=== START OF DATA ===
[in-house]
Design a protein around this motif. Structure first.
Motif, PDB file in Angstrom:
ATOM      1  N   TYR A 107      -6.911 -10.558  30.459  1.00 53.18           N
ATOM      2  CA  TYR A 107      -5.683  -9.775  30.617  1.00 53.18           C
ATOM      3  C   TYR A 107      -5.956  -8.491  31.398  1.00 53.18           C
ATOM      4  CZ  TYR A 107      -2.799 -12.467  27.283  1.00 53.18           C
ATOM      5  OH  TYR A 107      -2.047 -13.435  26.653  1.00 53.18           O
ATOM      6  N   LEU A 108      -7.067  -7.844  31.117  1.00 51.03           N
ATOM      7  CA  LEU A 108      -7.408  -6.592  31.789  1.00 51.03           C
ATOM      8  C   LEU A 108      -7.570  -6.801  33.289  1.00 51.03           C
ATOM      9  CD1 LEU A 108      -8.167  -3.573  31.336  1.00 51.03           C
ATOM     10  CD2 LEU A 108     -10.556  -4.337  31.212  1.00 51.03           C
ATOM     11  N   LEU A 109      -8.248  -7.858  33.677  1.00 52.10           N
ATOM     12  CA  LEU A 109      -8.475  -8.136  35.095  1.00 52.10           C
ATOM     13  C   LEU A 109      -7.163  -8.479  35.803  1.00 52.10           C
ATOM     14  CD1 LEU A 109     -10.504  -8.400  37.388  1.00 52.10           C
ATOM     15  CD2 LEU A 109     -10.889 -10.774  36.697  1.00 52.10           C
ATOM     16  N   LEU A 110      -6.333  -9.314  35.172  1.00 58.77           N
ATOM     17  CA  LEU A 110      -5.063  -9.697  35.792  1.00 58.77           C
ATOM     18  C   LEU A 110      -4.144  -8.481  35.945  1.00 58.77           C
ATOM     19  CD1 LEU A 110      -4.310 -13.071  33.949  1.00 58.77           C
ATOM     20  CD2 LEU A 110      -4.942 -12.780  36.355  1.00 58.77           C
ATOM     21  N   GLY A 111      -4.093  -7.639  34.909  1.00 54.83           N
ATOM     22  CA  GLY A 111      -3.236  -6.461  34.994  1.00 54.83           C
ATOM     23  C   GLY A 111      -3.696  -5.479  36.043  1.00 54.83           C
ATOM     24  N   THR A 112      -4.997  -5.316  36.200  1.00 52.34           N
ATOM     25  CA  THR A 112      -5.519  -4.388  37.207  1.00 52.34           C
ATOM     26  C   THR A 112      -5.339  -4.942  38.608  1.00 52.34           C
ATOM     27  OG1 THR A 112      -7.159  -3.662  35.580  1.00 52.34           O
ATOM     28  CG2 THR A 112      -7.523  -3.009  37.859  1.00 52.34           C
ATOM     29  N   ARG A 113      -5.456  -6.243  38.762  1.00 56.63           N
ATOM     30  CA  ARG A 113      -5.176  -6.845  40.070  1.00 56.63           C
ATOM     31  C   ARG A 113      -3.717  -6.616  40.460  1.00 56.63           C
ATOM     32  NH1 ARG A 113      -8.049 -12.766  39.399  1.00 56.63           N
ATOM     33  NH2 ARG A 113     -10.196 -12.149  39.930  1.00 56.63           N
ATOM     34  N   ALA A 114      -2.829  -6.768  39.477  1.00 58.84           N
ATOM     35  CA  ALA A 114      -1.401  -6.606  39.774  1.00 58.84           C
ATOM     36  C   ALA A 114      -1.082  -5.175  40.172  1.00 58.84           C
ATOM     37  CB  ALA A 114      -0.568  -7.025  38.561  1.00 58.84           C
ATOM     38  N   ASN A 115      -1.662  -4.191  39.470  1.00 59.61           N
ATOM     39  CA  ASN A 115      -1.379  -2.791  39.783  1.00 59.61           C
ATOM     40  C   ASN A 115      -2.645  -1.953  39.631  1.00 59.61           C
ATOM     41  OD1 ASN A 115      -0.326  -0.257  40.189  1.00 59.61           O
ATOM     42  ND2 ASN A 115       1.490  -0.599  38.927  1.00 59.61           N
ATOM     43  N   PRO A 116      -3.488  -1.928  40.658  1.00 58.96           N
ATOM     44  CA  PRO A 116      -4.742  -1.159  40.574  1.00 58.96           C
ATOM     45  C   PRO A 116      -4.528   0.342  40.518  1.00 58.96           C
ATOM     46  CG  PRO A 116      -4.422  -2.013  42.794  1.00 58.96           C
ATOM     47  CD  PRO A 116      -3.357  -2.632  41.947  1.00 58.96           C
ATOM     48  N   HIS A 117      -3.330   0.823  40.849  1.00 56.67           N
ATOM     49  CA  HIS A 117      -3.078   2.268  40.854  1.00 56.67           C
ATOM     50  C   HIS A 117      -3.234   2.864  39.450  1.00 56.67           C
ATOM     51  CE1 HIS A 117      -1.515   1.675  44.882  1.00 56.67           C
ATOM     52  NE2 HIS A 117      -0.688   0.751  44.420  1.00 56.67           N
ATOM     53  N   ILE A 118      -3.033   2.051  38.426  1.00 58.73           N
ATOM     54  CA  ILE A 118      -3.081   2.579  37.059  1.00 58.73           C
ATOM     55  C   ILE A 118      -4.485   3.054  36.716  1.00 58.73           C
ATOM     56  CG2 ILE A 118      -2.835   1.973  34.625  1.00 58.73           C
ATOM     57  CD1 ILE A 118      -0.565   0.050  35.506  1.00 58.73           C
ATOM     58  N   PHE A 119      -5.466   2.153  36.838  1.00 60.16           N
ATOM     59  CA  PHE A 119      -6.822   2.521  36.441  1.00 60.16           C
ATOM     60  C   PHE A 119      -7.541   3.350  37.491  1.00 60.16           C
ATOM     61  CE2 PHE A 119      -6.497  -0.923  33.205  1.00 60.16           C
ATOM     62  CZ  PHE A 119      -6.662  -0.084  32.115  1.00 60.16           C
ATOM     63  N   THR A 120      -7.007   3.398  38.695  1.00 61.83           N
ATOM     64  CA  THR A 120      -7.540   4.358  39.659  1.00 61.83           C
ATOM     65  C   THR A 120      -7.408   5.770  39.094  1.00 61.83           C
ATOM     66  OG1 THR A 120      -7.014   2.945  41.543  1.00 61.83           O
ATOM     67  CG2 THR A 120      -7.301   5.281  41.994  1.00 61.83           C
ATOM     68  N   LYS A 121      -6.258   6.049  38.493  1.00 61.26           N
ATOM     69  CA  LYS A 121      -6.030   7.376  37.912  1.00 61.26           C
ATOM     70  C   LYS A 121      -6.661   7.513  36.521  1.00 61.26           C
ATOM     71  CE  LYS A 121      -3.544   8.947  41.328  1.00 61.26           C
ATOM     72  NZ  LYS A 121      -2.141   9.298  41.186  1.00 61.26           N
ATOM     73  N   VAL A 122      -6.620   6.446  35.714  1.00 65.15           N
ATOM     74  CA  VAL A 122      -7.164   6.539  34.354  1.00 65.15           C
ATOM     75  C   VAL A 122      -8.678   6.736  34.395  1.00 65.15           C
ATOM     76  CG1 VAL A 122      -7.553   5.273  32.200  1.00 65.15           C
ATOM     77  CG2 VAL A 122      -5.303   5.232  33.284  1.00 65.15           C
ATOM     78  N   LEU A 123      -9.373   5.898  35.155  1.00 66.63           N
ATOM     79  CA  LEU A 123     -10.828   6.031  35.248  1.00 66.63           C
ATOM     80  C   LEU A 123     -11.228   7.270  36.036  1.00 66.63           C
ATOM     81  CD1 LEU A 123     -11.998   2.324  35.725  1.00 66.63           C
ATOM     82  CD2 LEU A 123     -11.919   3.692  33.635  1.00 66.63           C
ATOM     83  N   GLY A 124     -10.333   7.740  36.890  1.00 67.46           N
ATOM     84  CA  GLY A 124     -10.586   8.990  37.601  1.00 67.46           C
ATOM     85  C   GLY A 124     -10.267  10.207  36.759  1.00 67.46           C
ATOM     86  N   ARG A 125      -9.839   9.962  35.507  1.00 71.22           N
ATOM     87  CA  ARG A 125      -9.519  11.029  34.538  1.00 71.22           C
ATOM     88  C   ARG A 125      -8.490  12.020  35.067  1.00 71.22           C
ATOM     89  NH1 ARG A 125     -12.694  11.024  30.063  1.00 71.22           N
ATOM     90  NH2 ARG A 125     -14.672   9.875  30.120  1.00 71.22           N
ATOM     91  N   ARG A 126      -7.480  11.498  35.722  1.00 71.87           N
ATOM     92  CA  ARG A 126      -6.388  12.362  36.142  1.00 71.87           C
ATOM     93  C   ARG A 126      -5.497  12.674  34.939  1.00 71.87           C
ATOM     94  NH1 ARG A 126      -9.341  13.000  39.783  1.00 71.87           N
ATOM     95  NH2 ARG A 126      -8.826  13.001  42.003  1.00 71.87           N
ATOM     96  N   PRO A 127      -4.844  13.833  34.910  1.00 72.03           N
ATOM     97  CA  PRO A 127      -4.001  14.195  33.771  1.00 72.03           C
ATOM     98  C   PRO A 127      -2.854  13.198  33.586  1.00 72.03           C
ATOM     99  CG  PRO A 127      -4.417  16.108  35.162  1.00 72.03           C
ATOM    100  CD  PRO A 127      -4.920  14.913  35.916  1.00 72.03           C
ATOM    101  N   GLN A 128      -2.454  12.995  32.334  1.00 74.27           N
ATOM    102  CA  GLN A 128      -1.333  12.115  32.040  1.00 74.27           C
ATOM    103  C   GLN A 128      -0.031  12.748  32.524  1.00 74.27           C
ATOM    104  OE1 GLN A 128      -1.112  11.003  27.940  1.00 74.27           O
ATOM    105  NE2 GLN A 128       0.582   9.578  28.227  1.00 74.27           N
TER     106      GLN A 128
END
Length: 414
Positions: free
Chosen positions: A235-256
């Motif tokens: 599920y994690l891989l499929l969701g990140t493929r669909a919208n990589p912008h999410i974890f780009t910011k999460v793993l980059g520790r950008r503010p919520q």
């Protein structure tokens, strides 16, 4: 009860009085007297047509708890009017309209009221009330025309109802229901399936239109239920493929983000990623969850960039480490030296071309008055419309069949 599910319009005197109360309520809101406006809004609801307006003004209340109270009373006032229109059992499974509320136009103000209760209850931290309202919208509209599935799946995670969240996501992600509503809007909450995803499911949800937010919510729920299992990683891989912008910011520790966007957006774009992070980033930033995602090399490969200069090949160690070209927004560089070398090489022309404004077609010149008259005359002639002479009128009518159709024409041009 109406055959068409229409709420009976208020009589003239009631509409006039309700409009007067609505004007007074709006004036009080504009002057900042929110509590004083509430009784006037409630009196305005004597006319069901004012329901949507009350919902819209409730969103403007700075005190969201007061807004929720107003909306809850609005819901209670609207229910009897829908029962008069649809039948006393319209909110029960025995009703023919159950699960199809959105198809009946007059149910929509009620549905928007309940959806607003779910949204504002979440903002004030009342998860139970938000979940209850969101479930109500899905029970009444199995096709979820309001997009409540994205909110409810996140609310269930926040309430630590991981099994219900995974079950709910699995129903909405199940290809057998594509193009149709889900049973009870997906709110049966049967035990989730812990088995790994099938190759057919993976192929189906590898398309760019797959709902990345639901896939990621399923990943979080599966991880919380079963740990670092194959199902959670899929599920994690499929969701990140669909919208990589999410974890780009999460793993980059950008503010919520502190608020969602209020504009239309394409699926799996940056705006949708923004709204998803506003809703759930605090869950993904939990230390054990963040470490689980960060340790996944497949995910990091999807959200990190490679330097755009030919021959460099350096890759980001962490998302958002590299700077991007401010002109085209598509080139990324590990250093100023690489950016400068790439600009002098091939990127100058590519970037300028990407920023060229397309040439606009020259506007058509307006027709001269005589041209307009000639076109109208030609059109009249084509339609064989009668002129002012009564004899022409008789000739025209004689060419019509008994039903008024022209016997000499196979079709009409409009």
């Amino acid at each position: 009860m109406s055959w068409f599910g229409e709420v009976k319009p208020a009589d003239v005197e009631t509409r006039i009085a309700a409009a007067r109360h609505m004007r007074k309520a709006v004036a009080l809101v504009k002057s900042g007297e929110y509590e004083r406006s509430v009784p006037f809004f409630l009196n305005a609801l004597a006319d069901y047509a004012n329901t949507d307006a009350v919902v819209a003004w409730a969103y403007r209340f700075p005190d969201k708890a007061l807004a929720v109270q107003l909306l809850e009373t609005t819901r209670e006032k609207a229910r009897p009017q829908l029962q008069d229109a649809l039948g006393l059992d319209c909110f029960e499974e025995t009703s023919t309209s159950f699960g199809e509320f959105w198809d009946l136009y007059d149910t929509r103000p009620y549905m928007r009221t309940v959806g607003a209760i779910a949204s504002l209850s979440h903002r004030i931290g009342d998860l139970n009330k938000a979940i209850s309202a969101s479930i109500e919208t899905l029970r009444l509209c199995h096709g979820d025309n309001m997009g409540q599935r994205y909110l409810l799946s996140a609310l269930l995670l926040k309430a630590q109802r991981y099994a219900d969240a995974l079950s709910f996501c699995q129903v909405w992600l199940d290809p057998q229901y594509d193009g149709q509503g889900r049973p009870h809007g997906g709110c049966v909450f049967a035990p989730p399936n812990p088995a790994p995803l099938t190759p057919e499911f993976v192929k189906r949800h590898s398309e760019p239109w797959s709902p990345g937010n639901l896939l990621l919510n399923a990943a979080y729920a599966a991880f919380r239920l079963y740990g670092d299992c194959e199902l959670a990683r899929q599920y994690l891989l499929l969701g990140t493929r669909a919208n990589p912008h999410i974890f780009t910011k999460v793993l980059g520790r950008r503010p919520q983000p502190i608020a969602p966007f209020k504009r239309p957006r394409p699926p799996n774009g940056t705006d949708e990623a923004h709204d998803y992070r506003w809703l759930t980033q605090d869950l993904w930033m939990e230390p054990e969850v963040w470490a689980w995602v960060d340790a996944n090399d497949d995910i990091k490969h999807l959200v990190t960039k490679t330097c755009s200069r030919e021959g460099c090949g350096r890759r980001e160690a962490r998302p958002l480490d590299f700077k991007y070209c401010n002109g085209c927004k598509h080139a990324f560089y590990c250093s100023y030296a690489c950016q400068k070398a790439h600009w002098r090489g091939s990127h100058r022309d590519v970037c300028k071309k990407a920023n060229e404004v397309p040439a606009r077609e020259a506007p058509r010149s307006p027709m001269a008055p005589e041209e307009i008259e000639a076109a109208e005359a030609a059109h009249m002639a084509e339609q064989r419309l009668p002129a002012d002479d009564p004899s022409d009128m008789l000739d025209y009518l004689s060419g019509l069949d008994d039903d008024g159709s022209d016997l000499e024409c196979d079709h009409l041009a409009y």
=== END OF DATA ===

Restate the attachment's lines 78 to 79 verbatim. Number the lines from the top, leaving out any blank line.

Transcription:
ATOM     75  C   VAL A 122      -8.678   6.736  34.395  1.00 65.15           C
ATOM     76  CG1 VAL A 122      -7.553   5.273  32.200  1.00 65.15           C